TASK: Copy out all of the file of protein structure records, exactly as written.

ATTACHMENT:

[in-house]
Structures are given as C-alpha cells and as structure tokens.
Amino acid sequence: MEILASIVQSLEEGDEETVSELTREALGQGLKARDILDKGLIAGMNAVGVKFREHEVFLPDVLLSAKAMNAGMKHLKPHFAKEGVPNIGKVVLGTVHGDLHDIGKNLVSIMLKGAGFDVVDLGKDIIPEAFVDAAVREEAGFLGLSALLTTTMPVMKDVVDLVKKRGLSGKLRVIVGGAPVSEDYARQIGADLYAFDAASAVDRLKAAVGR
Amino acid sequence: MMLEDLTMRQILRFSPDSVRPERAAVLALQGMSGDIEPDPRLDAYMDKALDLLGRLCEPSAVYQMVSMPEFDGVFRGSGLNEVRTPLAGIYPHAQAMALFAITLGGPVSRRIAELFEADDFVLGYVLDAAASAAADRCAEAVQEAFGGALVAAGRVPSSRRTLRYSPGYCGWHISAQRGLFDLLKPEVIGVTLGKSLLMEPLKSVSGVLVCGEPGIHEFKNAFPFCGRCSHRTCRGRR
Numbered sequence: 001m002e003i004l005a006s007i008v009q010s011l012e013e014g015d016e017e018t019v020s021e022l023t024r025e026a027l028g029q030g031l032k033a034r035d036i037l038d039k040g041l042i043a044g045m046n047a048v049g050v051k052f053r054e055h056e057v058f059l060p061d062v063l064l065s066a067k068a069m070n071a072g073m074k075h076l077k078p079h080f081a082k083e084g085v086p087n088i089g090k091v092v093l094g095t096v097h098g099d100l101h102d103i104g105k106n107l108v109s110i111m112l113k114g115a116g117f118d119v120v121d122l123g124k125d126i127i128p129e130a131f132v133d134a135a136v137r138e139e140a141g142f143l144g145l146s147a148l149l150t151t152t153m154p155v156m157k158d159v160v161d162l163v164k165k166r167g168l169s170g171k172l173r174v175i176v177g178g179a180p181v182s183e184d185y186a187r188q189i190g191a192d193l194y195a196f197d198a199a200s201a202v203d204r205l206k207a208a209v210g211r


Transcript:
[in-house]
Structures are given as C-alpha cells and as structure tokens.
Amino acid sequence: MEILASIVQSLEEGDEETVSELTREALGQGLKARDILDKGLIAGMNAVGVKFREHEVFLPDVLLSAKAMNAGMKHLKPHFAKEGVPNIGKVVLGTVHGDLHDIGKNLVSIMLKGAGFDVVDLGKDIIPEAFVDAAVREEAGFLGLSALLTTTMPVMKDVVDLVKKRGLSGKLRVIVGGAPVSEDYARQIGADLYAFDAASAVDRLKAAVGR
Amino acid sequence: MMLEDLTMRQILRFSPDSVRPERAAVLALQGMSGDIEPDPRLDAYMDKALDLLGRLCEPSAVYQMVSMPEFDGVFRGSGLNEVRTPLAGIYPHAQAMALFAITLGGPVSRRIAELFEADDFVLGYVLDAAASAAADRCAEAVQEAFGGALVAAGRVPSSRRTLRYSPGYCGWHISAQRGLFDLLKPEVIGVTLGKSLLMEPLKSVSGVLVCGEPGIHEFKNAFPFCGRCSHRTCRGRR
Numbered sequence: 001m002e003i004l005a006s007i008v009q010s011l012e013e014g015d016e017e018t019v020s021e022l023t024r025e026a027l028g029q030g031l032k033a034r035d036i037l038d039k040g041l042i043a044g045m046n047a048v049g050v051k052f053r054e055h056e057v058f059l060p061d062v063l064l065s066a067k068a069m070n071a072g073m074k075h076l077k078p079h080f081a082k083e084g085v086p087n088i089g090k091v092v093l094g095t096v097h098g099d100l101h102d103i104g105k106n107l108v109s110i111m112l113k114g115a116g117f118d119v120v121d122l123g124k125d126i127i128p129e130a131f132v133d134a135a136v137r138e139e140a141g142f143l144g145l146s147a148l149l150t151t152t153m154p155v156m157k158d159v160v161d162l163v164k165k166r167g168l169s170g171k172l173r174v175i176v177g178g179a180p181v182s183e184d185y186a187r188q189i190g191a192d193l194y195a196f197d198a199a200s201a202v203d204r205l206k207a208a209v210g211r